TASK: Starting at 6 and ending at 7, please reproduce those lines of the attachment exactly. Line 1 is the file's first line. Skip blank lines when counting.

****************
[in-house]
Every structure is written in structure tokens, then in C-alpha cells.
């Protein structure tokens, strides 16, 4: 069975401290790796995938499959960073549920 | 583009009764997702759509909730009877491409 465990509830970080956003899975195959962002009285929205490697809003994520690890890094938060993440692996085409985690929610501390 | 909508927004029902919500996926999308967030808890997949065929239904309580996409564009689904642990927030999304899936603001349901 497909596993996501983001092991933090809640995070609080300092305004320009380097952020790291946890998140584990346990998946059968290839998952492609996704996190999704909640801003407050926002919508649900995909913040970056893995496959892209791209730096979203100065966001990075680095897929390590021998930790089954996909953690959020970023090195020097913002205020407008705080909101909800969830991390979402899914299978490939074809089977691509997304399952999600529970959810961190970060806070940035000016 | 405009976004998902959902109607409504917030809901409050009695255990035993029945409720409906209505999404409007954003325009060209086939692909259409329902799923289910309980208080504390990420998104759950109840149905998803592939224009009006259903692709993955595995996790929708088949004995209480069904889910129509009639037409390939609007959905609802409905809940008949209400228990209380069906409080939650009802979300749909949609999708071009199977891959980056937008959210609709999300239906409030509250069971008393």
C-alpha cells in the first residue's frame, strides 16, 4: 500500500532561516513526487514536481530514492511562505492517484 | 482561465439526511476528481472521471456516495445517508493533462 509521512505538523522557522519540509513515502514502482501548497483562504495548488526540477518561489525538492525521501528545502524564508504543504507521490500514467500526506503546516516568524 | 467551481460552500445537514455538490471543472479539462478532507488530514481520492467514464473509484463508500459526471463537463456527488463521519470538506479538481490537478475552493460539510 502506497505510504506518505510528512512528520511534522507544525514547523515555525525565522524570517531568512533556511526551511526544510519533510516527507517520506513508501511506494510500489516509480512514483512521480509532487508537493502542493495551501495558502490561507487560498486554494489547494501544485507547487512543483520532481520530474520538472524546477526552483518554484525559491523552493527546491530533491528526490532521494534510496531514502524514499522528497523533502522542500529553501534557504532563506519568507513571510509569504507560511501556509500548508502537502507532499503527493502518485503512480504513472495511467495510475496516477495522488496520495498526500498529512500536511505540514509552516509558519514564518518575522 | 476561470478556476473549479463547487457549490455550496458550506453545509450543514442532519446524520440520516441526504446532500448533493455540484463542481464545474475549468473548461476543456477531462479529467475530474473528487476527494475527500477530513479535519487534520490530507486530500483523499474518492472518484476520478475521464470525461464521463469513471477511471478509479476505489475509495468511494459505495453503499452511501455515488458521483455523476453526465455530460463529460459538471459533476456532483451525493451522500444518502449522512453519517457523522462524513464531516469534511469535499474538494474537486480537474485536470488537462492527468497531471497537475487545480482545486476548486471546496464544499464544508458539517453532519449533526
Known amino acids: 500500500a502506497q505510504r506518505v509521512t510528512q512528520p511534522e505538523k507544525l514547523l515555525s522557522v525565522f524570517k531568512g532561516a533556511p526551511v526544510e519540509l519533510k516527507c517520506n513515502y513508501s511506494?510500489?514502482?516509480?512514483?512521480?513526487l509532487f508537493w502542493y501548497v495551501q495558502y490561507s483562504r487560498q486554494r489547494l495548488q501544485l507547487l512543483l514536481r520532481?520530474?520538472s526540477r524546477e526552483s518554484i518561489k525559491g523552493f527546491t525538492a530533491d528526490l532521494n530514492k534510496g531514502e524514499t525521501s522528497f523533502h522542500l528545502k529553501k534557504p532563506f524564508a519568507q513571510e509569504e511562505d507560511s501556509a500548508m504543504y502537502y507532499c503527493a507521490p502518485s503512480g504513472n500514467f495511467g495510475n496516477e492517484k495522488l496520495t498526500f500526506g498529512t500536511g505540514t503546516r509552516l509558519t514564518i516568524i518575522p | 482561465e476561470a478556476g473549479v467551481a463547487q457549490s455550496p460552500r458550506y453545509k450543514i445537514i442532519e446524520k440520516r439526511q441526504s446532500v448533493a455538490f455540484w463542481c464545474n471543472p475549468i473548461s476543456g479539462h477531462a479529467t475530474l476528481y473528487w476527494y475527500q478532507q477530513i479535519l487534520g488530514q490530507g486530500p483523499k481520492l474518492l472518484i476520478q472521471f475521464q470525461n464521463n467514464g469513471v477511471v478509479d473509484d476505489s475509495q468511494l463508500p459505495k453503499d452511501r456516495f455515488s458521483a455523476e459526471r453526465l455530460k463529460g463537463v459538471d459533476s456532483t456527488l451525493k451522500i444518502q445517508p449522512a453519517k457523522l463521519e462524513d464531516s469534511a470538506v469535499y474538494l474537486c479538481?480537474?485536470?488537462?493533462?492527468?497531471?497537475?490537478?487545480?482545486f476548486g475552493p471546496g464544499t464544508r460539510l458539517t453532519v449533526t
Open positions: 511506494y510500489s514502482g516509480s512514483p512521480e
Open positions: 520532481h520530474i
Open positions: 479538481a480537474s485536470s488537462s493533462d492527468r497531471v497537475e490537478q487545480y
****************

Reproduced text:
Open positions: 511506494y510500489s514502482g516509480s512514483p512521480e
Open positions: 520532481h520530474i